Date of Award

2018

Document Type

Doctoral Dissertation

Degree Name

Doctor of Philosophy (PhD)

Department

History

First Advisor

Dolores L. Augustine

Abstract

On April 7th, 1951, Holocaust perpetrator Otto Ohlendorf’s death sentence was carried out according to the ruling of the United States Military Courts in Nuremberg. In The United States vs. Otto Ohlendorf, et. al., leaders of the Einsatzgruppen, mobile killing units, were tried for war crimes which led to the deaths of millions of Jews and partisans. Under Ohlendorf’s leadership of Einsatzgruppen D, more than 90,000 people were liquidated in the Ukraine. After this assignment, Ohlendorf resumed his positions head of Domestic Security in the Reich Security Main Office. As the war ended, he surrendered, and revealed the full scope of Einsatzgruppen activity, which eventually led to the second set of Nuremberg Trials. Outside of the Holocaust and the trial, little has been written on Ohlendorf. His academic career and ideology are insufficiently analyzed.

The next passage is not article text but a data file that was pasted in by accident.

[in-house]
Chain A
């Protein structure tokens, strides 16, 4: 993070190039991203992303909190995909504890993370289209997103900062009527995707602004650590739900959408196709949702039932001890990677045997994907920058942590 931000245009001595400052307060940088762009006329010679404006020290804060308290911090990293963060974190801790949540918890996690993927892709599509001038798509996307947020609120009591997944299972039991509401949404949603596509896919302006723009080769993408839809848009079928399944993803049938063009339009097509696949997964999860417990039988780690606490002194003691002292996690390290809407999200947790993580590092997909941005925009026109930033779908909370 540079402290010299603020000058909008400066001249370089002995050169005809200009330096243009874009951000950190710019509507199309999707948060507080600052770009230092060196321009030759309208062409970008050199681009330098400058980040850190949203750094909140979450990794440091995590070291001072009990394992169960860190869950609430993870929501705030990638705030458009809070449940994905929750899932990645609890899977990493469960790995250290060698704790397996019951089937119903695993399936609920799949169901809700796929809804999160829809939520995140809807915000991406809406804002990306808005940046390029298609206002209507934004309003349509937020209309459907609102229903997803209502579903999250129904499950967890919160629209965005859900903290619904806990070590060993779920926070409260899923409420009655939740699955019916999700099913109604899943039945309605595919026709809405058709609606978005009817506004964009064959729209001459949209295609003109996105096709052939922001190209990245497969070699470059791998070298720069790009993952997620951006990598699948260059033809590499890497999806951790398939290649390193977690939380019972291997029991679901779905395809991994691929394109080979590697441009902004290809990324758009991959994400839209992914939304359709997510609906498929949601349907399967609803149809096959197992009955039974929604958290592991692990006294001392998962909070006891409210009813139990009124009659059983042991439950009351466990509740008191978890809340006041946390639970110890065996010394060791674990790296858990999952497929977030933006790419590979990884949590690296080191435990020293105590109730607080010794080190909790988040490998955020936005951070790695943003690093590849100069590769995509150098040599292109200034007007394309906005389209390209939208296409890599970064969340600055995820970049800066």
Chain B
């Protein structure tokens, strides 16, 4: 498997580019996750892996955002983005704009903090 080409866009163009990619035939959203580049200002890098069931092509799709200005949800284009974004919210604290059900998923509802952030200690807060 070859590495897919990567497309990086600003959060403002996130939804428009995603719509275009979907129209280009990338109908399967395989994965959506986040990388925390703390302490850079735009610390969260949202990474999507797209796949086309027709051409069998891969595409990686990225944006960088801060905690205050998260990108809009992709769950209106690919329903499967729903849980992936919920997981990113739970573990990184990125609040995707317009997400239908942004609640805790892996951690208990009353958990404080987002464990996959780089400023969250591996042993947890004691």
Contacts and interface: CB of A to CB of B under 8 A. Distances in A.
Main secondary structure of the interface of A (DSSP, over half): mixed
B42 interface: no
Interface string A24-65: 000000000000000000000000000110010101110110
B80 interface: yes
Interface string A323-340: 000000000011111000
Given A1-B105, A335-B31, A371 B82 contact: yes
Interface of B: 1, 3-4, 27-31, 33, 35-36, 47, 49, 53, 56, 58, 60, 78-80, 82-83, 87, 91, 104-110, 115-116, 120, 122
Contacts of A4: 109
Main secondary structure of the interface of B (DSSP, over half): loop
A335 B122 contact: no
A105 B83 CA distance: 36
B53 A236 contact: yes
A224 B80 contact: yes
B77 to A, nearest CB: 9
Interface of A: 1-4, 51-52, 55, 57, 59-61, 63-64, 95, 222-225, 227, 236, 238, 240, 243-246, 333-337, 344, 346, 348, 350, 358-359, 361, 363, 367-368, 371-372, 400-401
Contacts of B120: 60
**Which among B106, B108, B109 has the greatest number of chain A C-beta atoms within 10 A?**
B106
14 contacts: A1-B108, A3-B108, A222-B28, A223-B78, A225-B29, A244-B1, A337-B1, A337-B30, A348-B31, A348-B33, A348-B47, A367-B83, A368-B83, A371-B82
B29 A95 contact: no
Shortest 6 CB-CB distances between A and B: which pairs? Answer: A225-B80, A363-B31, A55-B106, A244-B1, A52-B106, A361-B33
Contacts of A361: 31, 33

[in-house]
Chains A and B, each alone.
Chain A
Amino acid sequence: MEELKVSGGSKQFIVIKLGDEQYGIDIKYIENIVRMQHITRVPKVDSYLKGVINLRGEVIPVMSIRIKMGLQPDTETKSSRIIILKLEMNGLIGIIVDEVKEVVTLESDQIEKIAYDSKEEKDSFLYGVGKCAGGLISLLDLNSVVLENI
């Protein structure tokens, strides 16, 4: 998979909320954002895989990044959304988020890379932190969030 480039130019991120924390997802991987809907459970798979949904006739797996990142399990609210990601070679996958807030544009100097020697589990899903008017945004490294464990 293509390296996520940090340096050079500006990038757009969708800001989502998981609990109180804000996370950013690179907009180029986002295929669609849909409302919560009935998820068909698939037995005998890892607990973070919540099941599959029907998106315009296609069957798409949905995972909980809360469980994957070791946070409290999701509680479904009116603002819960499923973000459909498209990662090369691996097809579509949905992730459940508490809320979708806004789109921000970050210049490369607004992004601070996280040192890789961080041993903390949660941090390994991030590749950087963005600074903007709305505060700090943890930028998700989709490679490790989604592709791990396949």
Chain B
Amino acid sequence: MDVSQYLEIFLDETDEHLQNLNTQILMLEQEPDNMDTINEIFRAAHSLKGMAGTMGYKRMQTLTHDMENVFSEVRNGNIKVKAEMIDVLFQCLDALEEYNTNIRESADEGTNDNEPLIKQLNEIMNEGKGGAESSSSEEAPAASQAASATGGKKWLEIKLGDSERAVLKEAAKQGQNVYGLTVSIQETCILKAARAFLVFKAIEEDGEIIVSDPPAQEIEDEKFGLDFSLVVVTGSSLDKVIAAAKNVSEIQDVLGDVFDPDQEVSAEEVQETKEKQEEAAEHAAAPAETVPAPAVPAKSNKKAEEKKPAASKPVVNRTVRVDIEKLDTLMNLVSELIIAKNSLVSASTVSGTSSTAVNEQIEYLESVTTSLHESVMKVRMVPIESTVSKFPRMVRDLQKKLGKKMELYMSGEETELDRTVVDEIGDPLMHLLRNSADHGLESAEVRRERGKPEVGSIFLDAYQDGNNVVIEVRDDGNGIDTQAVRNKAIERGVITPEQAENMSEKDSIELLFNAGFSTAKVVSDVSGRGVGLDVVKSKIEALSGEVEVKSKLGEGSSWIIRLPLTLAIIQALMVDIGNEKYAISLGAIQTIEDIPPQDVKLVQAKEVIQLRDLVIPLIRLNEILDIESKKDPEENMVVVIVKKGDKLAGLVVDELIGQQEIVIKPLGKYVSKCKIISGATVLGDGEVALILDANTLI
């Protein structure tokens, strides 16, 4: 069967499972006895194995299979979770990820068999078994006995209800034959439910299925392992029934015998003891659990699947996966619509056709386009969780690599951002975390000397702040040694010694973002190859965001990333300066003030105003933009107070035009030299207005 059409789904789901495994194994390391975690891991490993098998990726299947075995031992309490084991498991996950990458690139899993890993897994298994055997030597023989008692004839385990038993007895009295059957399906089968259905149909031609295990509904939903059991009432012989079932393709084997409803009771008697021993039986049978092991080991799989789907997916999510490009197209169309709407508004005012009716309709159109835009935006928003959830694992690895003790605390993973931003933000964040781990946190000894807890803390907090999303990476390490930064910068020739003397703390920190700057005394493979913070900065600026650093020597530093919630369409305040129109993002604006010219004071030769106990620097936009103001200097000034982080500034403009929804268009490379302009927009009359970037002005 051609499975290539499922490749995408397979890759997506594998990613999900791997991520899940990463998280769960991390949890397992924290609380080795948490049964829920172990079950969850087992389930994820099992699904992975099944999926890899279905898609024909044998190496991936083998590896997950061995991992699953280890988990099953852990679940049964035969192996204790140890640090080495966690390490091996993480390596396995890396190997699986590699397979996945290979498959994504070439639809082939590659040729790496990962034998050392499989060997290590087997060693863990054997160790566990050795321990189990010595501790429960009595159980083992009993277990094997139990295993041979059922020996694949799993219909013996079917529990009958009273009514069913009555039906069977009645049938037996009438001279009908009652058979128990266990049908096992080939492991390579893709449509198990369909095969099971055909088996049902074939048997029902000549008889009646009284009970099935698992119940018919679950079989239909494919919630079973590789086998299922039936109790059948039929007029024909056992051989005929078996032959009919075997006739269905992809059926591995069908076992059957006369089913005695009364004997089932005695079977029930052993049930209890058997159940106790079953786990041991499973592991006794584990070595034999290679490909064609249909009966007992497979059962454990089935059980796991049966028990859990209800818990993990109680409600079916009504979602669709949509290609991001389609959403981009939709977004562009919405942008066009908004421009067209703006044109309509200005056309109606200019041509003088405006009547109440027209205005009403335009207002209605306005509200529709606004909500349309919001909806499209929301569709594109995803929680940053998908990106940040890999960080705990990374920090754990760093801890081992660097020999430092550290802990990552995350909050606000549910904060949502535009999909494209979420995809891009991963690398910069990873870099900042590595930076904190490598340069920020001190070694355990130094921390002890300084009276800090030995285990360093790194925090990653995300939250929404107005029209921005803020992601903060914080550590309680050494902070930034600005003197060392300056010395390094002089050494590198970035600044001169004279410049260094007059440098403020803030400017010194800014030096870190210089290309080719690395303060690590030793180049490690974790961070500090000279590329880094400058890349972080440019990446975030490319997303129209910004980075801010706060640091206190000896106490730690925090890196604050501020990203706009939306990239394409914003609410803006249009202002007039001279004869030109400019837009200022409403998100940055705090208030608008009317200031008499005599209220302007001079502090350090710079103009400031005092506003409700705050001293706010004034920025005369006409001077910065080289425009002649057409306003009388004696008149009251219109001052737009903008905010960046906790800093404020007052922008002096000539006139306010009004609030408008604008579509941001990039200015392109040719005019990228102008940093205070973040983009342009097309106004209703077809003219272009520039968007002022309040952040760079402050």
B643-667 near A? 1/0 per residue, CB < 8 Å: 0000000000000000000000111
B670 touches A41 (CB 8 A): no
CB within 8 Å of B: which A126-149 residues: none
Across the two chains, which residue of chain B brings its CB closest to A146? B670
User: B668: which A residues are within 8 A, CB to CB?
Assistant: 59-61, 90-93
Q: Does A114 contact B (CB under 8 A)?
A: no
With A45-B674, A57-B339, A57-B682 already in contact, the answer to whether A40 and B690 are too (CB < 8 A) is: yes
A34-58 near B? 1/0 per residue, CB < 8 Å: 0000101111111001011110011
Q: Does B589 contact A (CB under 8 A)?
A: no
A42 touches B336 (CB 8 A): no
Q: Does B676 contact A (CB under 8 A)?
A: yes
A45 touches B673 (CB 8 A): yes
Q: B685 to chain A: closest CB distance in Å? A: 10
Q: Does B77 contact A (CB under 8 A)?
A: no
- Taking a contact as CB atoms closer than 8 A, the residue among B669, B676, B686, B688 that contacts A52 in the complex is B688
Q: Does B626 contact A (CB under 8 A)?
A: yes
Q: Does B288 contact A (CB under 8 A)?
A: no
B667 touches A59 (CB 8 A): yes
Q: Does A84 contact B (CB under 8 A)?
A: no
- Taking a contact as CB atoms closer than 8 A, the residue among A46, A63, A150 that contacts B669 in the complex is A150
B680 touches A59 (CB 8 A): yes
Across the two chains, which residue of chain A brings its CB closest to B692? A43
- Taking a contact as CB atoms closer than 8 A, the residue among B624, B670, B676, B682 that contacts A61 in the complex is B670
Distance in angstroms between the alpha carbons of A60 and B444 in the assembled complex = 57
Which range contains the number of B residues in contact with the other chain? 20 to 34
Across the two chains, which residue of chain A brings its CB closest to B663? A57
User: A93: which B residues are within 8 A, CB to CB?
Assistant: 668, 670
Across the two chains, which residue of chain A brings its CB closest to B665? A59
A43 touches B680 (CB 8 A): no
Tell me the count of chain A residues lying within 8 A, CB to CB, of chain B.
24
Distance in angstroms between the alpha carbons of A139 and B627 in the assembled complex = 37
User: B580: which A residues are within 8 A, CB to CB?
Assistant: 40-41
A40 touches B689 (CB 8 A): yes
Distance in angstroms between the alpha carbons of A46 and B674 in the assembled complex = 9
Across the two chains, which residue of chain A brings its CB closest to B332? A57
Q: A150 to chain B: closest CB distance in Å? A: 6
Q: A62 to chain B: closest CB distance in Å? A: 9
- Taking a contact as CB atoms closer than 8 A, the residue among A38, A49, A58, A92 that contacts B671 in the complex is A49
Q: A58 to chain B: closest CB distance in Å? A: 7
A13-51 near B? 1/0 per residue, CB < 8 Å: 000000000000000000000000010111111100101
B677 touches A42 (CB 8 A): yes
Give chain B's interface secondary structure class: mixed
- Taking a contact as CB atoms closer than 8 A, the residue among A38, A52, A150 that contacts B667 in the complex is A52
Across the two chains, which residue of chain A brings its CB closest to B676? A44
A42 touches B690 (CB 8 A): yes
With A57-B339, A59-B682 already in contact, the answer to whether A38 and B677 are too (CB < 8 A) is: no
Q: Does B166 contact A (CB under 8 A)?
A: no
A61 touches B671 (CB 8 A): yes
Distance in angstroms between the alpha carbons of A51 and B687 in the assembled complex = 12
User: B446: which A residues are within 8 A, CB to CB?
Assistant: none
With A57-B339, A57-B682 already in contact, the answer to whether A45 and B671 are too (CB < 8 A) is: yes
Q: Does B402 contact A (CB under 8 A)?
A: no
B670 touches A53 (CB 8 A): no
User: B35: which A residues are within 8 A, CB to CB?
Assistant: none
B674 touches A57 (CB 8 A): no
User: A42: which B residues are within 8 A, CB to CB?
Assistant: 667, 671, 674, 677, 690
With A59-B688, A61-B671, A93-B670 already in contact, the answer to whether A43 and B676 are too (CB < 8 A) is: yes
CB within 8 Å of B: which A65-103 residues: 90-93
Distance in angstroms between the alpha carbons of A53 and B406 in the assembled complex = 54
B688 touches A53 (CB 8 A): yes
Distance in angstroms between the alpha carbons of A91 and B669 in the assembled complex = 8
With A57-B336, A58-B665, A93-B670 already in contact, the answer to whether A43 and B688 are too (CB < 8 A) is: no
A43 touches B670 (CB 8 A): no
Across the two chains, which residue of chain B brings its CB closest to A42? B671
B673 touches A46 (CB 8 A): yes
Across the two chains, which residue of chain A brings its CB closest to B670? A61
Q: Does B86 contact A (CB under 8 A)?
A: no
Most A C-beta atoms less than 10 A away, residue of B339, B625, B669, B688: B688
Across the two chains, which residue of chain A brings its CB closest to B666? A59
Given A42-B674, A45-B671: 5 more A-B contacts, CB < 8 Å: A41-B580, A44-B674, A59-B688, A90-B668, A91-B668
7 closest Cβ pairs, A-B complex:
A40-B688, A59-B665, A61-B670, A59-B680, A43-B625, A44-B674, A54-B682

This dissertation analyzes Ohlendorf’s life, career, and National Socialist ideology. The key factor in exploring his motivations is to fuse together careerism and ideology through his elite status as an Alter Kämpfer, “old fighter” and Nazi party member before 1933. From this designation, Ohlendorf enjoyed privileged employment, promotions, and a high level of trust within the party. Further explored is the placement of Ohlendorf into the historiographical debate, and how his ideology, career, trial, and death connected to his position as an Alter Kämpfer. Ultimately, analyzing the historiography reveals how memory has been fashioned in such ubiquitous topics as World War II, Nazi Germany, and the Holocaust.

Included in

History Commons

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